Career Service Directors On Metro Atlanta Graduates And The 2017 Workforce

August 29, 2017

With recent graduates entering the workforce and students getting ready for the fall semester, the Metro Atlanta Chamber sat down with career service representatives from three of Georgia’s leading universities to discuss what kind of employment environment these young graduates are moving in to, as well as what on-going services are available to students and graduates alike.

By Patrick Adcock

With recent graduates entering the workforce and students getting ready for the fall semester, the Metro Atlanta Chamber sat down with career service representatives from three of Georgia’s leading universities to discuss what kind of employment environment these young graduates are moving in to, as well as what on-going services are available to students and graduates alike.

Bridgette McDonald serves as career service director with Clayton State University; Paul G. Fowler, Ph.D., is executive director of the Emory Career Center at Emory University; and Patricia Bazrod is employer relations director with the Center for Career Discovery and Development at the Georgia Tech.

From your point of view, what are the defining characteristics of graduates from the past few years? What skills are they bringing to the table?

Paul G. Fowler – The Liberal Arts skillset has always been the defining characteristic of our Emory graduates. However, we have witnessed a resurgence among prospective employers to place greater value on these skills – critical thinking, problem-solving, analysis, communication, leadership – over the past few years than earlier in the decade.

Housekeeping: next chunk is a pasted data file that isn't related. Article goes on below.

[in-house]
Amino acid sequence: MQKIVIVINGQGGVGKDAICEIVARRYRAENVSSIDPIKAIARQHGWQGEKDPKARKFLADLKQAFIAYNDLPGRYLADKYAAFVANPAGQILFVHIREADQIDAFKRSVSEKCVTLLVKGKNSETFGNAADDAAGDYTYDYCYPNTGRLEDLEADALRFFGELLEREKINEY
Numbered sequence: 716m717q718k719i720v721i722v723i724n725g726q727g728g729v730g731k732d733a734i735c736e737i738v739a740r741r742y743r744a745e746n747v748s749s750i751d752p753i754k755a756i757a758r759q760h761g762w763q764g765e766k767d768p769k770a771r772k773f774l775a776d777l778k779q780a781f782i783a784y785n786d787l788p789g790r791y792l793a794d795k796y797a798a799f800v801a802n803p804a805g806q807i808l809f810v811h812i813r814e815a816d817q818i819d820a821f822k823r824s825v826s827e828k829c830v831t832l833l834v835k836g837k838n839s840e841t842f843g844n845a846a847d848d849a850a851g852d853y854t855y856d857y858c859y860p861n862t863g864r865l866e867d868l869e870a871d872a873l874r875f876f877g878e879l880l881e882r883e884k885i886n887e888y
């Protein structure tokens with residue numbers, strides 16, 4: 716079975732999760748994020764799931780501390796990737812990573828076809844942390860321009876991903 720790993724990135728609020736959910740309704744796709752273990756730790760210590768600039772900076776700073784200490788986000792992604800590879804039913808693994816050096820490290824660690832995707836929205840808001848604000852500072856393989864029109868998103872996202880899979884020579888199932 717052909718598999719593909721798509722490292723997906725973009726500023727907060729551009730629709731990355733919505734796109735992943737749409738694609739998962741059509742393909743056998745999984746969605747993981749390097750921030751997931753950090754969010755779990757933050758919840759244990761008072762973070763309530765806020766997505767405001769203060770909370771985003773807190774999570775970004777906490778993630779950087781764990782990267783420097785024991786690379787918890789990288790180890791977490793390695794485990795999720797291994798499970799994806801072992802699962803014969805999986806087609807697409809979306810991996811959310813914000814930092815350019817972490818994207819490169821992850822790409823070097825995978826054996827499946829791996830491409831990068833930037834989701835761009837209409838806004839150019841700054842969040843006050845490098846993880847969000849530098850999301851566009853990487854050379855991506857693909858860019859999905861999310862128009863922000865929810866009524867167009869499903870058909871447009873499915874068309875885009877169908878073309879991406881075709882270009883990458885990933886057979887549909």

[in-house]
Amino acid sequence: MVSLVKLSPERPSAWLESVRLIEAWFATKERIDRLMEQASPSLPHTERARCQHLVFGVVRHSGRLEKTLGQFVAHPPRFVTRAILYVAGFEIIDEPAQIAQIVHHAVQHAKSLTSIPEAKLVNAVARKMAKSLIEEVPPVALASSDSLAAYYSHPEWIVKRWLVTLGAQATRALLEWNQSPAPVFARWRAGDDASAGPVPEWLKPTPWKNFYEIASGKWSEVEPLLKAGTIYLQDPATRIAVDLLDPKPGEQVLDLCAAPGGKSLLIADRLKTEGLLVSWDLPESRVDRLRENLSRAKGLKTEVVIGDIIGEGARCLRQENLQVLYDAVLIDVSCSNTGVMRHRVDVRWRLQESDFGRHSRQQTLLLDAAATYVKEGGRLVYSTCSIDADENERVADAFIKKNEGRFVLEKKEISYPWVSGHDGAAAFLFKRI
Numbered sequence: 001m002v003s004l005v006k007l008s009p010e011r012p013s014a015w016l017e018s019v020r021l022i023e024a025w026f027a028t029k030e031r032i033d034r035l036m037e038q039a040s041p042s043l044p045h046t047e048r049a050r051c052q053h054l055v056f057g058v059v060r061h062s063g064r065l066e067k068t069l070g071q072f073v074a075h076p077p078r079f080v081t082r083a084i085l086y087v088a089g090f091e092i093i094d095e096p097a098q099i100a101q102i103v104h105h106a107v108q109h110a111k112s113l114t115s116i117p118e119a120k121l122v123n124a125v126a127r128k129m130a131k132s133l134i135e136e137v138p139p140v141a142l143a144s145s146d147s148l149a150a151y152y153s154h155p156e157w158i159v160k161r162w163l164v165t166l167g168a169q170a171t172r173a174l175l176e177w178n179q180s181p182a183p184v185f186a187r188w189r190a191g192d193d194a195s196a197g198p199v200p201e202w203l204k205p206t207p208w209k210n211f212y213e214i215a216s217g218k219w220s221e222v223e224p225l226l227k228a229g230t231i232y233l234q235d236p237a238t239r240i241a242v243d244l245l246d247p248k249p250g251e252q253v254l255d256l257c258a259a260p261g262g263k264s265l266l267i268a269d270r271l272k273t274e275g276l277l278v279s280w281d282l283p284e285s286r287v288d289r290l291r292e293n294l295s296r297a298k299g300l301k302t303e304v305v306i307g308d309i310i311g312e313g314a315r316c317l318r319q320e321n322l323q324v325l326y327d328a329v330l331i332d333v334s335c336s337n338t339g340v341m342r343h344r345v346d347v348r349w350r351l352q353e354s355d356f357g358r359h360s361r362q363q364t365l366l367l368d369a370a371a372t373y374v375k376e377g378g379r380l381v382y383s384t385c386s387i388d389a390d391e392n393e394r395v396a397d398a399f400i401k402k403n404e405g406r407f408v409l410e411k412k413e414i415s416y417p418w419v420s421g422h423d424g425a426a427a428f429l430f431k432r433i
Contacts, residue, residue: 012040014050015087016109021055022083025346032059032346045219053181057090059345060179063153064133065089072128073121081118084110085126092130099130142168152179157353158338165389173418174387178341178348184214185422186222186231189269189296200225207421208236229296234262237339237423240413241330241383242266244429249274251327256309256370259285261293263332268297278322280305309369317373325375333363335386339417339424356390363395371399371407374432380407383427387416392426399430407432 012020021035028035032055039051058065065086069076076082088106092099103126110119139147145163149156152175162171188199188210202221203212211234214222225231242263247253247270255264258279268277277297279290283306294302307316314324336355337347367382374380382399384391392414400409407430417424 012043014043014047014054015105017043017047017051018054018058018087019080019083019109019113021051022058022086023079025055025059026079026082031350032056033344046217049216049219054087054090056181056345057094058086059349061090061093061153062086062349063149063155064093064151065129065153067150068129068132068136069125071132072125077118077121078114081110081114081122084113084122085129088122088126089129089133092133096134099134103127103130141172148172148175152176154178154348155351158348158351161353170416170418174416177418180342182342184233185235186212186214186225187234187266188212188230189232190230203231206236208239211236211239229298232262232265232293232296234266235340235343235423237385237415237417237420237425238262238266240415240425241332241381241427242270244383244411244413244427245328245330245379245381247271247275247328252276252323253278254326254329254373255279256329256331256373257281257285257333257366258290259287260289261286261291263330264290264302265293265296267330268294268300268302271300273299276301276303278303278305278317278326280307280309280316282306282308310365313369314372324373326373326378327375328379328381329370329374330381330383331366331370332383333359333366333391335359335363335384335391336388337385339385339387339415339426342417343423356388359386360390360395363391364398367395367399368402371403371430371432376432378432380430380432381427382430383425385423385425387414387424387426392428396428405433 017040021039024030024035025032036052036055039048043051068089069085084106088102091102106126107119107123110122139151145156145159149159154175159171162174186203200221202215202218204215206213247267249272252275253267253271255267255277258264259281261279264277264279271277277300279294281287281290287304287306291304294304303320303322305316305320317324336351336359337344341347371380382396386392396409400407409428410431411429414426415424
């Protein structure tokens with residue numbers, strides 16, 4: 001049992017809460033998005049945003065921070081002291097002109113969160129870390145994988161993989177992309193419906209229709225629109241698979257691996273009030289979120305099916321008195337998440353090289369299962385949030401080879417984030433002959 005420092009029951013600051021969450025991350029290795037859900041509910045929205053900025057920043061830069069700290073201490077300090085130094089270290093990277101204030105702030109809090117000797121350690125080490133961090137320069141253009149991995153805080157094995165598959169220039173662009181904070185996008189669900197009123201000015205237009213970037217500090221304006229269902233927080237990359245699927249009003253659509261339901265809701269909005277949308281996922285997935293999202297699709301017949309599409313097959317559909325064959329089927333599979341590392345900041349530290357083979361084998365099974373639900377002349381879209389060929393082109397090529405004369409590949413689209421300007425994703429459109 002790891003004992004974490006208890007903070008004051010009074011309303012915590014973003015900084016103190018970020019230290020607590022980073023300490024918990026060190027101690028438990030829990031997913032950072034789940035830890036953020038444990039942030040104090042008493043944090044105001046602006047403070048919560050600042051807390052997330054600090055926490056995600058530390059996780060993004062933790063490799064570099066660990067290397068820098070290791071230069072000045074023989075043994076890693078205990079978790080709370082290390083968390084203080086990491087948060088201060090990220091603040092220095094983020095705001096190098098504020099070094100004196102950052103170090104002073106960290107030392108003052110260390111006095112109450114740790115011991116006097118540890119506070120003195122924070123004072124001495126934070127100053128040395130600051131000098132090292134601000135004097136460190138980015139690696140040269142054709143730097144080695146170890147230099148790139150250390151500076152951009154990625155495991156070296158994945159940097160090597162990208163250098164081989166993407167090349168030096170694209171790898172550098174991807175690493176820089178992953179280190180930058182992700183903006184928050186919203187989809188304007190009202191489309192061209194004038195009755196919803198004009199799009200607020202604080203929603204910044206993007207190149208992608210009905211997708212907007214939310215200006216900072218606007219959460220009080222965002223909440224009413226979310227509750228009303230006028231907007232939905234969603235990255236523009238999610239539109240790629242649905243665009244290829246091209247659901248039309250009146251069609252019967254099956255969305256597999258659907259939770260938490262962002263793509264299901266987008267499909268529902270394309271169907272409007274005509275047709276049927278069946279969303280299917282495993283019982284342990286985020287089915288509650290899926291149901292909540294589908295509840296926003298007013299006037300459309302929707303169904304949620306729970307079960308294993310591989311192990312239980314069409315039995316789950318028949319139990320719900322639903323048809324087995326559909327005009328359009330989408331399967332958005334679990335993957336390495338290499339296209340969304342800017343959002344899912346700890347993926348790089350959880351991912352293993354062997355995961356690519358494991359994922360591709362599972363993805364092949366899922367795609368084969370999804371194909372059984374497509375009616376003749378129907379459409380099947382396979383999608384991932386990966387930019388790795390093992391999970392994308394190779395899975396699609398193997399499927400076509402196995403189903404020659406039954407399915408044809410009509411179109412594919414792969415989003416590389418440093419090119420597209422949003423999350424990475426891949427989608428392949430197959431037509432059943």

Bridgette McDonald – The most defining characteristic of the Clayton State graduate is the experiential learning experience they have while in school here. The university has been very intentional in providing this through our Partnering Academics and Community Engagement and EDGE initiatives.

Patricia Bazrod – Georgia Tech students pursue a wide range of career paths from traditional employment in major corporations, to work with start-ups and non-profits, entrepreneurship, pursuit of graduate studies, professional degree programs and prestigious fellowships. Tech students develop workplace competencies that complement technical skills and academic knowledge.

What are the most in-demand fields in Atlanta?

Fowler – Healthcare, technology, nonprofit/government, IB/consulting, and media.  These have been fairly stable over the past few years with the exception of growth in the media industry.

McDonald – The high-demand career fields in Atlanta include healthcare, technology, logistics and film. Clayton State provides highly recruited talent in each of these areas, which speaks to the relevancy of our programs as it pertains to supporting our workforce needs. Our connection to the $7.5 billion film industry is one example with our academic program that includes Georgia Film Academy certification.

Bazrod – From Georgia Tech’s perspective: engineering, technology, healthcare, consulting, government, start-ups, lab sciences and nonprofits.

Conversely, what are people coming to school to learn? Have you seen any changes in the past three years in the degrees being pursued?